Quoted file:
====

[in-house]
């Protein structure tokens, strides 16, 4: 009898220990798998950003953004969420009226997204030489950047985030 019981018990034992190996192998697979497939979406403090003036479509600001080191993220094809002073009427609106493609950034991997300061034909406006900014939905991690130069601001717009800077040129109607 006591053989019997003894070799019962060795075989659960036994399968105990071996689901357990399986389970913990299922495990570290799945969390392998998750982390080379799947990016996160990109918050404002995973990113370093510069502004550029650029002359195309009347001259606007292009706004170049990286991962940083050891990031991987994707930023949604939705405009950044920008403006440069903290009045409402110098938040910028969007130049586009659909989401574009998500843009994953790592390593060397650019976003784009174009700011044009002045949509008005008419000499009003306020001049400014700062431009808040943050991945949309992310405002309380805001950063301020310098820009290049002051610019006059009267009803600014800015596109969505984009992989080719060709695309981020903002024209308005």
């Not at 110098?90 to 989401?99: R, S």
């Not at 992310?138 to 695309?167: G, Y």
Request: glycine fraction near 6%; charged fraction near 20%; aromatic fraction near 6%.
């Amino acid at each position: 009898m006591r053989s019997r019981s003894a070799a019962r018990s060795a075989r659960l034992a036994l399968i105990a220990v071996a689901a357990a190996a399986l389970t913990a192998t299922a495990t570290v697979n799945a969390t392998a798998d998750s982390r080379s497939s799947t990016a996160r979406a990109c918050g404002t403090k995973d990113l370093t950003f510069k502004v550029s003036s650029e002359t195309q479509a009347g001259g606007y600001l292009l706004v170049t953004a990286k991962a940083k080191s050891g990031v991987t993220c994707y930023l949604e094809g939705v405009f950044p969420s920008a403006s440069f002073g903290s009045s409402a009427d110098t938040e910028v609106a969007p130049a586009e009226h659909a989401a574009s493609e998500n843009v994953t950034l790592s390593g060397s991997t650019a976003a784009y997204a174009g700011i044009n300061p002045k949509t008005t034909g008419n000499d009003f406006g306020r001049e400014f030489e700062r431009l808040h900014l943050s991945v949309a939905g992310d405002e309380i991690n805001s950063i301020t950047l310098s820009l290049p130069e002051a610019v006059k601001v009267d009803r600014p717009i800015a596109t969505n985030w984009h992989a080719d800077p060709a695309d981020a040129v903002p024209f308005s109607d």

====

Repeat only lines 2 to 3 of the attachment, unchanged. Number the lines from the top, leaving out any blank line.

């Protein structure tokens, strides 16, 4: 009898220990798998950003953004969420009226997204030489950047985030 019981018990034992190996192998697979497939979406403090003036479509600001080191993220094809002073009427609106493609950034991997300061034909406006900014939905991690130069601001717009800077040129109607 006591053989019997003894070799019962060795075989659960036994399968105990071996689901357990399986389970913990299922495990570290799945969390392998998750982390080379799947990016996160990109918050404002995973990113370093510069502004550029650029002359195309009347001259606007292009706004170049990286991962940083050891990031991987994707930023949604939705405009950044920008403006440069903290009045409402110098938040910028969007130049586009659909989401574009998500843009994953790592390593060397650019976003784009174009700011044009002045949509008005008419000499009003306020001049400014700062431009808040943050991945949309992310405002309380805001950063301020310098820009290049002051610019006059009267009803600014800015596109969505984009992989080719060709695309981020903002024209308005």
């Not at 110098?90 to 989401?99: R, S």